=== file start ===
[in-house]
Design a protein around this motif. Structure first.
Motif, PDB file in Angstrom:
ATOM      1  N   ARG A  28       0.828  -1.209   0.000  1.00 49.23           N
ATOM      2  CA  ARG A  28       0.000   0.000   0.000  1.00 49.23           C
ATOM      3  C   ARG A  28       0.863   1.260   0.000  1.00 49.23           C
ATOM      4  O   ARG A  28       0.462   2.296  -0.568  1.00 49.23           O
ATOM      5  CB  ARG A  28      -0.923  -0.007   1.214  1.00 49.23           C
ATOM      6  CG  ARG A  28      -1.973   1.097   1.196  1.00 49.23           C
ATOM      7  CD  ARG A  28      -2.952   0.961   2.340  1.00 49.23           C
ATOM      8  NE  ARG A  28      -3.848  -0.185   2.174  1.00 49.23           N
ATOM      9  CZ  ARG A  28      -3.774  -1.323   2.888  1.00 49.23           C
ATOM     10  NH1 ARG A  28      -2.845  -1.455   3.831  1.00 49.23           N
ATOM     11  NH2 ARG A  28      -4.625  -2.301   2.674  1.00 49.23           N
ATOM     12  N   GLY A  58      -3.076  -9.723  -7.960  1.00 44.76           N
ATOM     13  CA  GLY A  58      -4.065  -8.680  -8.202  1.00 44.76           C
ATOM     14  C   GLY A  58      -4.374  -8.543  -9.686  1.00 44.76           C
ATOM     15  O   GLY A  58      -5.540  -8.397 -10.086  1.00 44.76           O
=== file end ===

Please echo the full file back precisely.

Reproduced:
[in-house]
Design a protein around this motif. Structure first.
Motif, PDB file in Angstrom:
ATOM      1  N   ARG A  28       0.828  -1.209   0.000  1.00 49.23           N
ATOM      2  CA  ARG A  28       0.000   0.000   0.000  1.00 49.23           C
ATOM      3  C   ARG A  28       0.863   1.260   0.000  1.00 49.23           C
ATOM      4  O   ARG A  28       0.462   2.296  -0.568  1.00 49.23           O
ATOM      5  CB  ARG A  28      -0.923  -0.007   1.214  1.00 49.23           C
ATOM      6  CG  ARG A  28      -1.973   1.097   1.196  1.00 49.23           C
ATOM      7  CD  ARG A  28      -2.952   0.961   2.340  1.00 49.23           C
ATOM      8  NE  ARG A  28      -3.848  -0.185   2.174  1.00 49.23           N
ATOM      9  CZ  ARG A  28      -3.774  -1.323   2.888  1.00 49.23           C
ATOM     10  NH1 ARG A  28      -2.845  -1.455   3.831  1.00 49.23           N
ATOM     11  NH2 ARG A  28      -4.625  -2.301   2.674  1.00 49.23           N
ATOM     12  N   GLY A  58      -3.076  -9.723  -7.960  1.00 44.76           N
ATOM     13  CA  GLY A  58      -4.065  -8.680  -8.202  1.00 44.76           C
ATOM     14  C   GLY A  58      -4.374  -8.543  -9.686  1.00 44.76           C
ATOM     15  O   GLY A  58      -5.540  -8.397 -10.086  1.00 44.76           O